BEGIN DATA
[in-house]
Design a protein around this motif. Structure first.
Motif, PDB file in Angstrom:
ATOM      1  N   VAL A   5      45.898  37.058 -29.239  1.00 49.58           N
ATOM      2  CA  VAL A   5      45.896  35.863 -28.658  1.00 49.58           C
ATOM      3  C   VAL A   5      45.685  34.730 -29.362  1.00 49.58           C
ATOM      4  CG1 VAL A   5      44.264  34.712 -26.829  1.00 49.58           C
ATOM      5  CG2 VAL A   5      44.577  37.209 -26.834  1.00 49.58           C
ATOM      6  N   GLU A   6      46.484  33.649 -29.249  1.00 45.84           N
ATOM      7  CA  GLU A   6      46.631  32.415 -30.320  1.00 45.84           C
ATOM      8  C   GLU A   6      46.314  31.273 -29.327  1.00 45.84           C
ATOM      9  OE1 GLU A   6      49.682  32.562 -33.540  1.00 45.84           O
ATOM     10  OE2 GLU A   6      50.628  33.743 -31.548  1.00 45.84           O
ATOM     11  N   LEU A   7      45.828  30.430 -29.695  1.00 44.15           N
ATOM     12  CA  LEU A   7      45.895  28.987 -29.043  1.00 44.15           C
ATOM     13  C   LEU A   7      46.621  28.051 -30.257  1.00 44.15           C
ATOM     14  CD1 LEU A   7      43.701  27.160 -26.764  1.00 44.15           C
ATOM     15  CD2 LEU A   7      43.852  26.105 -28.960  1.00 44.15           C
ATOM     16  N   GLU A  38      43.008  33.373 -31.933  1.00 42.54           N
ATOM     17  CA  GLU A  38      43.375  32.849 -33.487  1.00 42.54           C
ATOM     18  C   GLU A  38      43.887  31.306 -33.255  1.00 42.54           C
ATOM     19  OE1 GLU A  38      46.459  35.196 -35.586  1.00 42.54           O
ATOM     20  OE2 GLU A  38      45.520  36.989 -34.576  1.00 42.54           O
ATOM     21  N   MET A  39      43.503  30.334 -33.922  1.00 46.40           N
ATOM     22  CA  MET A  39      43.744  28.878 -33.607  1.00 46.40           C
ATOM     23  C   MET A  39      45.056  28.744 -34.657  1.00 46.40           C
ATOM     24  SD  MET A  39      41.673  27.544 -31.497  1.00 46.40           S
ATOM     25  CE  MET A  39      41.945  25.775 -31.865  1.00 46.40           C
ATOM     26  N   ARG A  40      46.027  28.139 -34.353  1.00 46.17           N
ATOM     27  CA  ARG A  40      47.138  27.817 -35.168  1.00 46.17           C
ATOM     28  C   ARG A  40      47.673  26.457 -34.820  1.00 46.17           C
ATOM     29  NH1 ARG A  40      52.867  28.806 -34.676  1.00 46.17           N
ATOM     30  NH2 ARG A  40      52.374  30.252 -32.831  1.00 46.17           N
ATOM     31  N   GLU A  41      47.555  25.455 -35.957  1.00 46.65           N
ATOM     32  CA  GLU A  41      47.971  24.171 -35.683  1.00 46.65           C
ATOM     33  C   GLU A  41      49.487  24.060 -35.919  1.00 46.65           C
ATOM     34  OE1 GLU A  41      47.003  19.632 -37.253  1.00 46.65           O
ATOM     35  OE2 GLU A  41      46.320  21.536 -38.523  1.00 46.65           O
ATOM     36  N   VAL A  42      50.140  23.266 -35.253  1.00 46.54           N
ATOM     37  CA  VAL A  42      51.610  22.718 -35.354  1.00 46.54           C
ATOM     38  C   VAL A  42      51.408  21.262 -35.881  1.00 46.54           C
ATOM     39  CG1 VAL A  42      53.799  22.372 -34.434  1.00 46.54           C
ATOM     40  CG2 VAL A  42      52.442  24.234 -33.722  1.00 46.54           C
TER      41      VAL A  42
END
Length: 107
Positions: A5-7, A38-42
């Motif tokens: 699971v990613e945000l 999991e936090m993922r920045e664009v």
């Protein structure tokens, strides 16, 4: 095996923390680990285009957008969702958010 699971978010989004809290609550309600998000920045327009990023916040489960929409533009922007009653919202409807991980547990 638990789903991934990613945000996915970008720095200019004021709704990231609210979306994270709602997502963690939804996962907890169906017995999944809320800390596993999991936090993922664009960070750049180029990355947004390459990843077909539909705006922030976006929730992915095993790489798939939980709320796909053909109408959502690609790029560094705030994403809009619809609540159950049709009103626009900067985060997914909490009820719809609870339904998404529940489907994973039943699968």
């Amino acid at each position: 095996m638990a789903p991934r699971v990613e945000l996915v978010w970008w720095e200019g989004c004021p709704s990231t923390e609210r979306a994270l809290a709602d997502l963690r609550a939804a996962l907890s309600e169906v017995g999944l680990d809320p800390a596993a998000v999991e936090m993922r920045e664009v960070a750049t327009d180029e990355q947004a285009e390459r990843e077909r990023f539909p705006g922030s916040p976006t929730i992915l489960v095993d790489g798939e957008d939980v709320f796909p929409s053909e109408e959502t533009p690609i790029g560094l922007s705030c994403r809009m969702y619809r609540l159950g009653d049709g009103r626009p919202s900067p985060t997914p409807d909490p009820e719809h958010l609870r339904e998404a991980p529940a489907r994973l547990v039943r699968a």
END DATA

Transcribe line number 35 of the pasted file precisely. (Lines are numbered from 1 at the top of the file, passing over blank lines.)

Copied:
ATOM     32  CA  GLU A  41      47.971  24.171 -35.683  1.00 46.65           C